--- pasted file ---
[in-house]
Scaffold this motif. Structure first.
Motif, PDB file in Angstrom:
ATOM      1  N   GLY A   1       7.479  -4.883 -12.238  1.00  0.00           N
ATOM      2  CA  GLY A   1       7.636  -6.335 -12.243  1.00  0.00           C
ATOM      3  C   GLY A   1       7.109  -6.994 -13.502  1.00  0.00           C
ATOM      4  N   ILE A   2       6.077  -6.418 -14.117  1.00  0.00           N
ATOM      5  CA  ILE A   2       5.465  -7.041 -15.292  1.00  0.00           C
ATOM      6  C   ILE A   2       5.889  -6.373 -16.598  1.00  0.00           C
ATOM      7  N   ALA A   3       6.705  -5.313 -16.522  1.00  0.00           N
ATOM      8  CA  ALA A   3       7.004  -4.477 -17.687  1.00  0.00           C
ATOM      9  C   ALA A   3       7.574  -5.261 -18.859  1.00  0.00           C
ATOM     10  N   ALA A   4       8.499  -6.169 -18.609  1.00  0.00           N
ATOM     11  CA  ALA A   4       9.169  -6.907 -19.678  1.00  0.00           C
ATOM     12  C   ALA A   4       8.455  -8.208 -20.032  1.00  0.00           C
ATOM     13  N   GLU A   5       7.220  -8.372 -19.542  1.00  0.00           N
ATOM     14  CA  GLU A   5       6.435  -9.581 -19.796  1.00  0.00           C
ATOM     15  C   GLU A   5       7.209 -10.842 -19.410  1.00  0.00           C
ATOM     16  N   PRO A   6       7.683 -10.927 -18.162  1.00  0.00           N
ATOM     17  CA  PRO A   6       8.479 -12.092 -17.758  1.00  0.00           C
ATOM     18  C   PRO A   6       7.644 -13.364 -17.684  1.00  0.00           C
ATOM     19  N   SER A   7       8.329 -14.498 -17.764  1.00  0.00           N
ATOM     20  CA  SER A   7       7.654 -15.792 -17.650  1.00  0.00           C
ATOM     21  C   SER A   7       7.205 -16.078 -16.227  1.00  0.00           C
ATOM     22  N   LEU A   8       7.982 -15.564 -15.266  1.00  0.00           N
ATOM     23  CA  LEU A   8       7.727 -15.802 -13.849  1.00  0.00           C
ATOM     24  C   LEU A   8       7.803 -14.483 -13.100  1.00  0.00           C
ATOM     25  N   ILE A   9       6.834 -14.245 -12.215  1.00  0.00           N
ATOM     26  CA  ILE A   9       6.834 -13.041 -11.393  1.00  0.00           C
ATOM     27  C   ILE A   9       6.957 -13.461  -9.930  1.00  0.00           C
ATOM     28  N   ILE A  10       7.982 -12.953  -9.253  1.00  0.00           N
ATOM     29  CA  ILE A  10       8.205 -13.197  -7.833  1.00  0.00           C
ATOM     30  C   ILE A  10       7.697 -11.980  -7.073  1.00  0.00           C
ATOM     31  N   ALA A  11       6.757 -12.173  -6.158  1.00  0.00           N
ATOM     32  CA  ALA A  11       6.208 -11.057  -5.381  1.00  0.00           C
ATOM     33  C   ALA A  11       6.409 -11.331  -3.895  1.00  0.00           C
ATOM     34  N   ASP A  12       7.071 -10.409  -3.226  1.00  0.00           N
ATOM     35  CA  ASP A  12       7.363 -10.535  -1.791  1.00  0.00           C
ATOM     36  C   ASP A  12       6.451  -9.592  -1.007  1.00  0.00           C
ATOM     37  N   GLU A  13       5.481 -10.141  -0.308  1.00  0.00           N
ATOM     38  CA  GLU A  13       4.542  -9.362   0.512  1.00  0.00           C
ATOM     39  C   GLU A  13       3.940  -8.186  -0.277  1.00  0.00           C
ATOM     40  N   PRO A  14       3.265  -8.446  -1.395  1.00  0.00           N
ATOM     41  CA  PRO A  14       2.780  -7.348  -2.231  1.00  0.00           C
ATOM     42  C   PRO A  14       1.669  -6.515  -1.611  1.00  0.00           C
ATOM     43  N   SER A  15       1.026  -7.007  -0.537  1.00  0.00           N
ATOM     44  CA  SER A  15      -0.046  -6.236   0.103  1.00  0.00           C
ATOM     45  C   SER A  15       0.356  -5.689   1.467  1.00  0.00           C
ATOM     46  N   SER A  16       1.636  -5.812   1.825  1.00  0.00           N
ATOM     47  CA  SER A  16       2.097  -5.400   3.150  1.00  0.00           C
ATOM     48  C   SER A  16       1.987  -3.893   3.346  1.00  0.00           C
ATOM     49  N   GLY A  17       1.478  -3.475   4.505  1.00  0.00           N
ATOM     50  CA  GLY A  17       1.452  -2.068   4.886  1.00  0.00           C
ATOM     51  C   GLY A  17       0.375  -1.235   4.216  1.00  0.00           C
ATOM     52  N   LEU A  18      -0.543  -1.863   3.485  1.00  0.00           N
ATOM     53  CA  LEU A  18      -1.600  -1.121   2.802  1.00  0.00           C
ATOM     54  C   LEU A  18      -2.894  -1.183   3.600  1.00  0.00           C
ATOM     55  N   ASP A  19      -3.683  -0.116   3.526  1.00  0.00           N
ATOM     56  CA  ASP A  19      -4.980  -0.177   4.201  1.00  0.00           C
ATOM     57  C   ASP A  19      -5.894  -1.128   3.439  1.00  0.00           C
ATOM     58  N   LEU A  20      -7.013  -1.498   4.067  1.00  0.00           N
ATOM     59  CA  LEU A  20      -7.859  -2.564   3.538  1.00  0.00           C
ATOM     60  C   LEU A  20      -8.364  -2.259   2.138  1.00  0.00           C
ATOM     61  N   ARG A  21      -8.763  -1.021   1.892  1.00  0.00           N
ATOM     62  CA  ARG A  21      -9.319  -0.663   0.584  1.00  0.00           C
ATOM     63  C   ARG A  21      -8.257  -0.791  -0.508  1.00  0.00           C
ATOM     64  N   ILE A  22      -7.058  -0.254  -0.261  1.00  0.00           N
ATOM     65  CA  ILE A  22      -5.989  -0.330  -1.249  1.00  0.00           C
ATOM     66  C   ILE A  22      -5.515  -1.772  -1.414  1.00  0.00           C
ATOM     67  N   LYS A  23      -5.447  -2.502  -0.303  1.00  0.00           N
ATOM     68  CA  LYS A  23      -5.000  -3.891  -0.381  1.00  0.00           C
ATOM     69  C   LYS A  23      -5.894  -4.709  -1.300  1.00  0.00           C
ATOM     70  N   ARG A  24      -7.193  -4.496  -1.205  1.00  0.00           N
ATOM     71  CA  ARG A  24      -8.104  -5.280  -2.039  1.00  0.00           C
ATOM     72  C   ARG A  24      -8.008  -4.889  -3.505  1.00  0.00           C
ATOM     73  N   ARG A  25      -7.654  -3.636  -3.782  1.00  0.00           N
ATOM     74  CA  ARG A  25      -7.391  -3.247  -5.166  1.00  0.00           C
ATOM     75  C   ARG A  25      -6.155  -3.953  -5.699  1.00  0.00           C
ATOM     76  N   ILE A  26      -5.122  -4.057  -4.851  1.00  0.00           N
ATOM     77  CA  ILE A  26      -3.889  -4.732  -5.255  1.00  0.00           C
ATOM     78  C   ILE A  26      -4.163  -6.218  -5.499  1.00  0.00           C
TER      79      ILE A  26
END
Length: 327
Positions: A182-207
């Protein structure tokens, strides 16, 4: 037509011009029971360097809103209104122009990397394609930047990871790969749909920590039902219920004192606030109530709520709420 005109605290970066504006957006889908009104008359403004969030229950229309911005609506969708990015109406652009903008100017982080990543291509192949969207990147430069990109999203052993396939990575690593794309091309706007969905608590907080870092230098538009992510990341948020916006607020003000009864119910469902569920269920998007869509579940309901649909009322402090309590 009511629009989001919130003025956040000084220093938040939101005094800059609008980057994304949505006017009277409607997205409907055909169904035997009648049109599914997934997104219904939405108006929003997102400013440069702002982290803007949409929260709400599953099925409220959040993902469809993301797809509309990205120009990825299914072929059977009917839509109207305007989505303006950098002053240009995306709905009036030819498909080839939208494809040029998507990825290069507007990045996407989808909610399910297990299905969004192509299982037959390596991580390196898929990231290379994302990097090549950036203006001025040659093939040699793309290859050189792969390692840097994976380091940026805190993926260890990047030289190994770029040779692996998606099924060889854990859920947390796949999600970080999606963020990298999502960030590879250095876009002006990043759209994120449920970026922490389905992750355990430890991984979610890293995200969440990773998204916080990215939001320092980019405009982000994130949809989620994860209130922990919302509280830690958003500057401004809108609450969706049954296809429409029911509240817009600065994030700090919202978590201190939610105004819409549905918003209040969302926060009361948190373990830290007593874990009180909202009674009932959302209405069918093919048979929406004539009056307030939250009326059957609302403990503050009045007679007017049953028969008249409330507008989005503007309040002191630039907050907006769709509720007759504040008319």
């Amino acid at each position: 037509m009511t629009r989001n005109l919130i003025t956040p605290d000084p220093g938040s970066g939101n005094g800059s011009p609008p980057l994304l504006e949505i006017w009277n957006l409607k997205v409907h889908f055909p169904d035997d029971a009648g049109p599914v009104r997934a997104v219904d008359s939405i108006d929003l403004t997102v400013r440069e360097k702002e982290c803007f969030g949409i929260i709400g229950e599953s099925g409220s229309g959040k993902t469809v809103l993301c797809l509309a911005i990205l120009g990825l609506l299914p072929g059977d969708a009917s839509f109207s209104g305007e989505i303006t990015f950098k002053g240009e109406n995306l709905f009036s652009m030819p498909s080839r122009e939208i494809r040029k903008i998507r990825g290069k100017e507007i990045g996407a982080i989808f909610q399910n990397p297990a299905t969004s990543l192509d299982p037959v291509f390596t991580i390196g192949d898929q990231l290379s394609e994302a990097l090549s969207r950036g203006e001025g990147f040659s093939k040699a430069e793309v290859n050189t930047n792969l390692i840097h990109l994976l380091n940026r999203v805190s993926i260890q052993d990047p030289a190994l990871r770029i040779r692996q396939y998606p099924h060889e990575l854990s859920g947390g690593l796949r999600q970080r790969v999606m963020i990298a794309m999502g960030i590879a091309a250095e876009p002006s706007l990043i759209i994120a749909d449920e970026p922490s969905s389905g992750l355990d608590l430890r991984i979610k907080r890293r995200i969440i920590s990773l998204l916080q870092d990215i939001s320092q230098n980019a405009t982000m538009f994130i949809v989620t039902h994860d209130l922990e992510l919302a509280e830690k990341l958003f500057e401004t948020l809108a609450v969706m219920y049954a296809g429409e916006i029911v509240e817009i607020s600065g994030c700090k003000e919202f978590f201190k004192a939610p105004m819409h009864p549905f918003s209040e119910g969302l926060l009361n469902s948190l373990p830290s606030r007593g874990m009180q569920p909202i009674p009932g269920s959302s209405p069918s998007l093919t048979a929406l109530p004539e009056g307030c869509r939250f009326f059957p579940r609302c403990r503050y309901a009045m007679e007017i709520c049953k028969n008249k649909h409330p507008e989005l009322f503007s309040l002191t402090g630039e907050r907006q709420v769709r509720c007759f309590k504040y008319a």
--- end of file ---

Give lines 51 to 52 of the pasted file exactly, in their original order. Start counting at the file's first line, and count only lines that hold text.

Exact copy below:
ATOM     48  C   SER A  16       1.987  -3.893   3.346  1.00  0.00           C
ATOM     49  N   GLY A  17       1.478  -3.475   4.505  1.00  0.00           N